No NFL game is easy to play, much less win. But when looking at personnel and pedigree, the Ravens should beat the Vikings on Sunday.
The Vikings aren’t going to roll over, but as far as top-to-bottom talent in the NFL, they aren’t that good. They do have the reigning league MVP (Adrian Peterson) and an elite pass-rusher (Jared Allen), but their quarterback situation is a mess.
In this league, that’s a major problem.
Baltimore enters this game well rested, having played last on Thanksgiving Night. They’ve won two in a row and three in a row at home. I won’t call this an easy game, but it’s perhaps Baltimore’s most favorable game of the year.
So let’s get right to it. Here are my five keys to the game for the Ravens.
1. Stop Peterson
Forget trying to contain Adrian Peterson. Try to stop him.
We all know how amazing Peterson is, but you can’t afford to assume he will get his way. Otherwise you’ve already mentally conceded to the opposition.
Fortunately, the Ravens are led by a group of strong-willed defenders that rank 6th in the NFL in run defense (100.1 yards per game).
2. Block Allen
While Jared Allen only has six sacks through 12 games this year, he’s only two years removed from a 22-sack season. Allen is the Peterson of the Minnesota defense. Though the opposition knows what’s coming, they can hardly stop it.
Eugene Monroe has been playing well as of late, but regardless, the Ravens would be wise to help him block Allen with backs and tight ends. If they can neutralize Allen, it will go a long way in helping them win.
3. Make Ray Rice the offensive focal point
The last time these two teams played, Adrian Peterson totaled 26 touches for 166 yards (6.4 average) and no touchdowns. Ray Rice totaled 20 touches for 194 yards (9.7 average) and two touchdowns.
This is the perfect opportunity for Rice to show the Vikings and the league he’s capable of out-performing last year’s MVP. In his last 14 games (postseason included), Ray Rice has only topped 75 rushing yards once (Week 10 at Chicago).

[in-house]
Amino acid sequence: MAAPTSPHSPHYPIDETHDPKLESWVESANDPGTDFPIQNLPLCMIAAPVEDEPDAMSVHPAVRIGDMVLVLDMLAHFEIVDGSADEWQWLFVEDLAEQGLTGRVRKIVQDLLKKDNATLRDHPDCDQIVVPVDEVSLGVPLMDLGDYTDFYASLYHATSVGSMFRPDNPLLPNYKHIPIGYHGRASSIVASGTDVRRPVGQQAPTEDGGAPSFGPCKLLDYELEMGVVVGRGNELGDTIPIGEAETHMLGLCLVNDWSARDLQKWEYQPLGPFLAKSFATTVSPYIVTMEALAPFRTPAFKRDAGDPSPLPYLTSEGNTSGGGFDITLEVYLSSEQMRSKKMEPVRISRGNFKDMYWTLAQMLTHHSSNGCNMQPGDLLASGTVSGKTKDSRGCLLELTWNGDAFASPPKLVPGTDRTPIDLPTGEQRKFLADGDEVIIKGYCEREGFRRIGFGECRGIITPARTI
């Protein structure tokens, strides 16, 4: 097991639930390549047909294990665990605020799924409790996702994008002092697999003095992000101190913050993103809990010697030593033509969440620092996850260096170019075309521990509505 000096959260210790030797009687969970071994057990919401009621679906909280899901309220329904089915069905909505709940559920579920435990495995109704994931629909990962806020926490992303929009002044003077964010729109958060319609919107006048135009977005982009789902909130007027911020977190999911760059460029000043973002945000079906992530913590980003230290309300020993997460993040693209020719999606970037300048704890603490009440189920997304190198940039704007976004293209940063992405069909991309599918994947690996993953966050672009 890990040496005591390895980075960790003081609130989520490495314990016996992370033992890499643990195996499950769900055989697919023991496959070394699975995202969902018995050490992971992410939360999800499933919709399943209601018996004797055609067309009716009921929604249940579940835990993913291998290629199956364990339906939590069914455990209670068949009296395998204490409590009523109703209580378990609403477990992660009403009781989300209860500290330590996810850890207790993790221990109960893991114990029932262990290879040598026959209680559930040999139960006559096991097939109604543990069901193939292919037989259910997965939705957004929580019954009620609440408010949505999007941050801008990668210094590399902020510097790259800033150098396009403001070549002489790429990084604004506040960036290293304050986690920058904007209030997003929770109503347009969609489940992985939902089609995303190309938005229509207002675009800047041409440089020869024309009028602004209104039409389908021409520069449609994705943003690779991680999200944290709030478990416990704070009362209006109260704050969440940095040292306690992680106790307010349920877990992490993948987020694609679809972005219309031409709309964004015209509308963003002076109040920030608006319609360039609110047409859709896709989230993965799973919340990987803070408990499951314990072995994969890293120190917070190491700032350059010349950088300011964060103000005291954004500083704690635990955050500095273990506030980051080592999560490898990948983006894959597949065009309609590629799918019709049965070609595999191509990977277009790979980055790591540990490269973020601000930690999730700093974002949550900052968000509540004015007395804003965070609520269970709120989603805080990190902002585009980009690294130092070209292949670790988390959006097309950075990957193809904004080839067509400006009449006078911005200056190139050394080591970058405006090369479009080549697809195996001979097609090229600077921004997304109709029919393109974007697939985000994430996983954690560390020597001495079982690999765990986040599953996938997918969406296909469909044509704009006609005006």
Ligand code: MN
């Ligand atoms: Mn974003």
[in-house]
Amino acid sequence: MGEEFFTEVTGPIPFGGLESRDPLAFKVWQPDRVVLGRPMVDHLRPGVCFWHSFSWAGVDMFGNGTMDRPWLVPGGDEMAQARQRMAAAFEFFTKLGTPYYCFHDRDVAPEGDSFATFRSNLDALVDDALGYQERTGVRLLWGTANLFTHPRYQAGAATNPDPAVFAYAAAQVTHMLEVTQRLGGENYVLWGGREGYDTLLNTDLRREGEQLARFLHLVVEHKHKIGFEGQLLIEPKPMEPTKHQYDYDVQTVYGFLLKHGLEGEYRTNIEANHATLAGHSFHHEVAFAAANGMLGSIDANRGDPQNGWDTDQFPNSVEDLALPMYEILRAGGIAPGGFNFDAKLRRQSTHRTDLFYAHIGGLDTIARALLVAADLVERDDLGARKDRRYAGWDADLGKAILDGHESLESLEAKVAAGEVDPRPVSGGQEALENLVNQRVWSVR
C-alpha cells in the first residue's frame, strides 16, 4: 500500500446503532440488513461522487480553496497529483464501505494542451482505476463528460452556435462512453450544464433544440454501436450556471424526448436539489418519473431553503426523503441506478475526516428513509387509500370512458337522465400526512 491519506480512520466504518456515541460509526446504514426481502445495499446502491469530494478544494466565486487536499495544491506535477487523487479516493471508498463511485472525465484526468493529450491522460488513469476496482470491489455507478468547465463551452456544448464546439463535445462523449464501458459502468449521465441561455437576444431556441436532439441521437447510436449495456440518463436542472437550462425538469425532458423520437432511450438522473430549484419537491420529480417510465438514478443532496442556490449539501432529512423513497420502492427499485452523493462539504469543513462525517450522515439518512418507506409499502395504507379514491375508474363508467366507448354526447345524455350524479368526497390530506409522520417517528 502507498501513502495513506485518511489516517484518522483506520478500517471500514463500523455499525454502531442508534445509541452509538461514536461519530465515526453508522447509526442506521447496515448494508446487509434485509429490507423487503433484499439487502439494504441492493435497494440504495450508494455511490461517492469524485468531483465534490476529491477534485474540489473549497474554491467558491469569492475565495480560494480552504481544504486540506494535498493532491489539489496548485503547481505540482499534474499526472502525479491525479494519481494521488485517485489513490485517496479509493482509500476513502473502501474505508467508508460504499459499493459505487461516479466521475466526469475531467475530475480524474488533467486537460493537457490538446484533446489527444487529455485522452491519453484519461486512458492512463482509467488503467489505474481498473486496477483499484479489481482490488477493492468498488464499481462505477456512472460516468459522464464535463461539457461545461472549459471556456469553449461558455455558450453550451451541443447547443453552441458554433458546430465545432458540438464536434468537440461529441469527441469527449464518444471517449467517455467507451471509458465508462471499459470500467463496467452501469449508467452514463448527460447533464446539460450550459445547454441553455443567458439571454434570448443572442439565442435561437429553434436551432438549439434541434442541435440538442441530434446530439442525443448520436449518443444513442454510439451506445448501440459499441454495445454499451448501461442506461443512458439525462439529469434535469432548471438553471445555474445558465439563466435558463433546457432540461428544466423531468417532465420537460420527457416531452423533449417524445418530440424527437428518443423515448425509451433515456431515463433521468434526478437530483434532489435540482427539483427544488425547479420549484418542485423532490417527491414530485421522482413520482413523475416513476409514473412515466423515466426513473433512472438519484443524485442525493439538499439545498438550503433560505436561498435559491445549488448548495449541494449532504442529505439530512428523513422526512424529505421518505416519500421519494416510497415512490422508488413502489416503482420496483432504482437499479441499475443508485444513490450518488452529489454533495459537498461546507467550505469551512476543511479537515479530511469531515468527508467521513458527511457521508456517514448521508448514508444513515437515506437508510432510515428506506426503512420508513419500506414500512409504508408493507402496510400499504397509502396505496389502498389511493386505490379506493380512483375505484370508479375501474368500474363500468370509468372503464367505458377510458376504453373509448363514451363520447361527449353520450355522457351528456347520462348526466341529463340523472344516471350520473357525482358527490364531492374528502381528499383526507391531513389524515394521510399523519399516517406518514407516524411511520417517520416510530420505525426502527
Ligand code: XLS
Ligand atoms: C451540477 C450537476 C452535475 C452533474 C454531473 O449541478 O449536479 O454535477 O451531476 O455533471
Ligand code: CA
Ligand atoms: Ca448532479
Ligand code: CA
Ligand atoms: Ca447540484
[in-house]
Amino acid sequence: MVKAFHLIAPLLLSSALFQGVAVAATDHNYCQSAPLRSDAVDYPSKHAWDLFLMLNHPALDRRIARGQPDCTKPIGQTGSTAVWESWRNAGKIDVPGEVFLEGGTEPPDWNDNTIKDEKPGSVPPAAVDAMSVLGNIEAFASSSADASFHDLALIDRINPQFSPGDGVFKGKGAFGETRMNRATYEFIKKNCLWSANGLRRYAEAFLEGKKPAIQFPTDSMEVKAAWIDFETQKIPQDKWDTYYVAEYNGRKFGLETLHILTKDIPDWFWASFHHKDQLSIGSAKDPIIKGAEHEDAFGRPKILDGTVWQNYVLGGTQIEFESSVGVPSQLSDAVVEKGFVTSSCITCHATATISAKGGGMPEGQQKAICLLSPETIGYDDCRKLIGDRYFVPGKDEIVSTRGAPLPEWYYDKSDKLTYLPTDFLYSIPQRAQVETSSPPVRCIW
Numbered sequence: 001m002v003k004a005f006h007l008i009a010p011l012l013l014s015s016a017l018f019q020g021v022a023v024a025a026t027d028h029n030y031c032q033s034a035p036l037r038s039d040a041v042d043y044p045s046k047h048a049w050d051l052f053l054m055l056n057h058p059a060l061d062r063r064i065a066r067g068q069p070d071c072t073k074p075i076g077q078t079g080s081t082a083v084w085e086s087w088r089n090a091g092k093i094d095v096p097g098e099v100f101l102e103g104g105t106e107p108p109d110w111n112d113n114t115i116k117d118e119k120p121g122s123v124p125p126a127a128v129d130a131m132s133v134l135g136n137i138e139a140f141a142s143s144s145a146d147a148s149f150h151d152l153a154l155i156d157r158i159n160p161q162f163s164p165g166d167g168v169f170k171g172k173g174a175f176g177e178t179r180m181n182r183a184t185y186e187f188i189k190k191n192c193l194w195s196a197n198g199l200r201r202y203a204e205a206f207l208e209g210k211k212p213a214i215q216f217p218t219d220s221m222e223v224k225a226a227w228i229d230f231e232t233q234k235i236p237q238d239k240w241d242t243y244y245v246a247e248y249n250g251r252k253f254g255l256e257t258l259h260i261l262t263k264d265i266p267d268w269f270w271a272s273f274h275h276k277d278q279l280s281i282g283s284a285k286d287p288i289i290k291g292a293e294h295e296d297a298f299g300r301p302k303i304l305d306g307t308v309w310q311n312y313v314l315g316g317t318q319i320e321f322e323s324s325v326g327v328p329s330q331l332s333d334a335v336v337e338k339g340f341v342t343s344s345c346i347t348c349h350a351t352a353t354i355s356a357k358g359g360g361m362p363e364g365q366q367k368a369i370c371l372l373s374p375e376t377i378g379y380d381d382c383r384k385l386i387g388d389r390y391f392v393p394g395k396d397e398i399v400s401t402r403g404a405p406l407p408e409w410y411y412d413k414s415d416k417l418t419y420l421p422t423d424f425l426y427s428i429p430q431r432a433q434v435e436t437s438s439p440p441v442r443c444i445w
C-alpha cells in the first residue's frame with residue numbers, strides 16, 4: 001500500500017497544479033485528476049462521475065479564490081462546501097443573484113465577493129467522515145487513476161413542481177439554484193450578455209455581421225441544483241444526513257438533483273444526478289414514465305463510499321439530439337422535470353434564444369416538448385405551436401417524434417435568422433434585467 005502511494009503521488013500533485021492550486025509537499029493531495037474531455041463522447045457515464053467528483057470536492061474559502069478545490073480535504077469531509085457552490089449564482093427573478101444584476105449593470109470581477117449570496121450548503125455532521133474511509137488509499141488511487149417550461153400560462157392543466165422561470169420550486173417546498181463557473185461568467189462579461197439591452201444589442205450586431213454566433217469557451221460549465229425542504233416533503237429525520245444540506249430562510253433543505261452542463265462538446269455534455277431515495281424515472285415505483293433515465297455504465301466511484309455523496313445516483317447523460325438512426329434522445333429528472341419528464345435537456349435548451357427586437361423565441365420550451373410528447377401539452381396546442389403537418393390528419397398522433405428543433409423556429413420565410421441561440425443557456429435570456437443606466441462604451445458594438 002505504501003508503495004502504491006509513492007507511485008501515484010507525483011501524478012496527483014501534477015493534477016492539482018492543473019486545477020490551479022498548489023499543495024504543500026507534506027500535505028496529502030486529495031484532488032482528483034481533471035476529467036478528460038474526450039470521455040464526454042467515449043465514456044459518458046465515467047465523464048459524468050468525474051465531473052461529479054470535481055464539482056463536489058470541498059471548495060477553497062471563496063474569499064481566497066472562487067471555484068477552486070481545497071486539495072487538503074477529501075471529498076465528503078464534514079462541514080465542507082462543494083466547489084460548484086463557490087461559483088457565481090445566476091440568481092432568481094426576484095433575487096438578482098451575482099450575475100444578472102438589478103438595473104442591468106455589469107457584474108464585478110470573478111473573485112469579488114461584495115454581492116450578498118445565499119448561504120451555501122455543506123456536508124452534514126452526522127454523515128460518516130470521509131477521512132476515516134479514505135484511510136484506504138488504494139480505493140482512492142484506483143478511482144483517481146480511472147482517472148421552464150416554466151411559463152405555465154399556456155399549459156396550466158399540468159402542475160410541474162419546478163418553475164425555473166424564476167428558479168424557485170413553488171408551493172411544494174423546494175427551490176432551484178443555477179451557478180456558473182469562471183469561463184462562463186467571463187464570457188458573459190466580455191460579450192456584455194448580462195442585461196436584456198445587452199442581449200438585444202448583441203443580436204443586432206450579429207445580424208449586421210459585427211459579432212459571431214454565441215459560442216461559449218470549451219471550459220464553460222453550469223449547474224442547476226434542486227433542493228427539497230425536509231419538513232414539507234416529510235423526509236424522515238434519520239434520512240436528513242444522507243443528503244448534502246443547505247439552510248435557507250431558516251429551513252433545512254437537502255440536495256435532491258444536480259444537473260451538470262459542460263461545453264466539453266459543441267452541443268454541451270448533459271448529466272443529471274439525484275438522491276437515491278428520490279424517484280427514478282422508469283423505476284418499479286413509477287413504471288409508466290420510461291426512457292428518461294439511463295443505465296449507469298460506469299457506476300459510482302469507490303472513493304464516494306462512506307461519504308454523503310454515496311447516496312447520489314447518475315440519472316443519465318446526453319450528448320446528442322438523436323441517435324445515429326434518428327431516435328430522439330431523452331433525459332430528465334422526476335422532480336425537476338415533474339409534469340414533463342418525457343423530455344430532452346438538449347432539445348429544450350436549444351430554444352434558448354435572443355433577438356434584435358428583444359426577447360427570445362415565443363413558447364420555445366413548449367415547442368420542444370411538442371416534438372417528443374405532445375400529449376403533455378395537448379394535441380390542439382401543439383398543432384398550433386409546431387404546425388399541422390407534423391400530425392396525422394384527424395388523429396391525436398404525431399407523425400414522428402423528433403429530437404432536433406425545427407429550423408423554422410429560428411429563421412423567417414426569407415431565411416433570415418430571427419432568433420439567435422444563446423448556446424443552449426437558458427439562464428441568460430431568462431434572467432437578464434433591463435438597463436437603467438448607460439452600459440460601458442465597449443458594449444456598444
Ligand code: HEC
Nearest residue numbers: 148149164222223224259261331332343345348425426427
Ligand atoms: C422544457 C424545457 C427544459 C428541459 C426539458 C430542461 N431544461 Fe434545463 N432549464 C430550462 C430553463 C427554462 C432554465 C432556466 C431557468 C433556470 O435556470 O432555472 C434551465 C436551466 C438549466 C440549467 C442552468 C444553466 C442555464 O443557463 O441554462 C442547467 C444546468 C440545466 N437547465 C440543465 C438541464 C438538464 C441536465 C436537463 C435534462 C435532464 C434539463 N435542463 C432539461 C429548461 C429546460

Enough is enough. Make a statement.
4. Capitalize on their weaknesses
Matt Cassel will start at quarterback for the Vikings. He’s actually played fairly well this year. His touchdown/interception ratio is only 5/4, but he’s completing 63.6 percent of his passes.
When Peterson is ripping off huge runs, Cassel is fine. But if the Ravens bottle up the Vikings’ run game and force Cassel to beat them, it won’t be good for Minnesota.
Another major Vikings weakness: playing away from home. Minnesota is the only remaining team in the NFL that has yet to win a road game this season.
5. Don’t look ahead
Next week, the Ravens head to Detroit for a Monday night match up against Calvin Johnson and the Lions. There will be a lot of hype surrounding the game and probable projections that Johnson and Matthew Stafford will have their way with the Baltimore secondary.
That said, the Ravens have used up their entire margin of error. They cannot afford to look past the Vikings.